3) it supports the plates 106,106' in the compression zone so that b for these plates is reduced for a given profile depth d.

4) though it is not itself normally subject to out of plane pressure loads the chevron stiffener 124,124' is subject to second order crushing force towards the neutral axis and resistance to this is improved by the arch shape, the lateral component of force being resisted by bending of plates 106,106' and the out of plane pressure acting on the these plates, so that the plates can be thinner. The chevron stiffener 124,124' does not necessarily have to run the full length of the profile as the bending moments in the profile are typically less near its ends. Having extra resistance on the compression side of the profile would move the neutral axis upwards and this is best balanced by having some extra tension flange material and this is easy to do by increasing the overlap between flanges 102 and 102' of successive corrugations.

The tension flange thickness within the overlap region is double and its out of plane bending strength is increased by a factor of four so that the allowable width of the flange can be increased despite the out of plane pressure and internal crushing force applied to it.

The combined effect of the above changes is to minimise individual plate panel b/t ratios and to allow a deeper profile section depth d for a given plate thickness and an increase of weight efficiency and reduction in cost.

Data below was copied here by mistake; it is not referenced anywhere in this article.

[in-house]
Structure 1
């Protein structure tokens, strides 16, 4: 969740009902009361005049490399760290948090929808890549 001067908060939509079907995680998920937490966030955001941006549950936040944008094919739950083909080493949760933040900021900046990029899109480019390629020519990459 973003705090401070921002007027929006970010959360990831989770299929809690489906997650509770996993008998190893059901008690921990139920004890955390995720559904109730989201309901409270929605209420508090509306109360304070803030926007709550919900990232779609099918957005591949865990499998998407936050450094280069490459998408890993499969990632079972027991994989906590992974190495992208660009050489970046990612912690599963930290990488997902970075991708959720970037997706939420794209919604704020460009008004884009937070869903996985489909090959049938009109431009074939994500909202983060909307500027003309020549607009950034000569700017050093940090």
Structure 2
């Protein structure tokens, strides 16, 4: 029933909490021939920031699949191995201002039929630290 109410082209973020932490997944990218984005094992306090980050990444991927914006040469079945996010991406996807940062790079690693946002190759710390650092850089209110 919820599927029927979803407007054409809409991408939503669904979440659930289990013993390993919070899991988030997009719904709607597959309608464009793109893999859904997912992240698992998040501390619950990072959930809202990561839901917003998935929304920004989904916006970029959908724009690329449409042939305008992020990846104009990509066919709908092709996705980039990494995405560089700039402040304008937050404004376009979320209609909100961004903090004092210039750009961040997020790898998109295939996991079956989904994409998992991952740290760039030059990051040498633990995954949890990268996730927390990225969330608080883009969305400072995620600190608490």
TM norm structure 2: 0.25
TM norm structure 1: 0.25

Alternatively by maintaining the same profile depth the out of plane pressure resistance and crushing resistance is increased. Increasing the crushing resistance allows more extreme fibre strain in bending and therefore more ductile deflection capacity.

Figure 3 shows an embodiment of a pressure resisting wall adapted to resist pressure from either face, being largely symmetric about the neutral axis. The arrangement is similar to that shown in Figure 2, but with the following alterations. The flange 102 is angled downwardly and

extended by an upwardly angled subsidiary flange 102a. The joining of flanges 102' and 102a of successive corrugations produces a new chevron shape oppositely directed to that formed by plate elements 108 and 108'. Additional

reinforcement plate elements 128 and 128' are provided springing from the upper faces of plate elements 106 and 106' of successive corrugations and extending generally parallel to flanges 102 and 102a so as to meet at a ridge or apex 130 directed oppositely to ridge 126. The level at which the plate elements 128, 128' leave the plate elements 106, 106' is on the tension side (below in the drawings) of the neutral axis.

By having the arches on both sides the possibility of having equal pressure resistance from both sides is obtained. This could be useful in situations where a wall separates two areas both of which have potential for equal levels of explosion load. But more especially the barrier could be a bulkhead separating two tanks containing liquid, such as a bulkhead in a ship's hull. Such bulkheads typically have to have virtually equal design pressures both sides.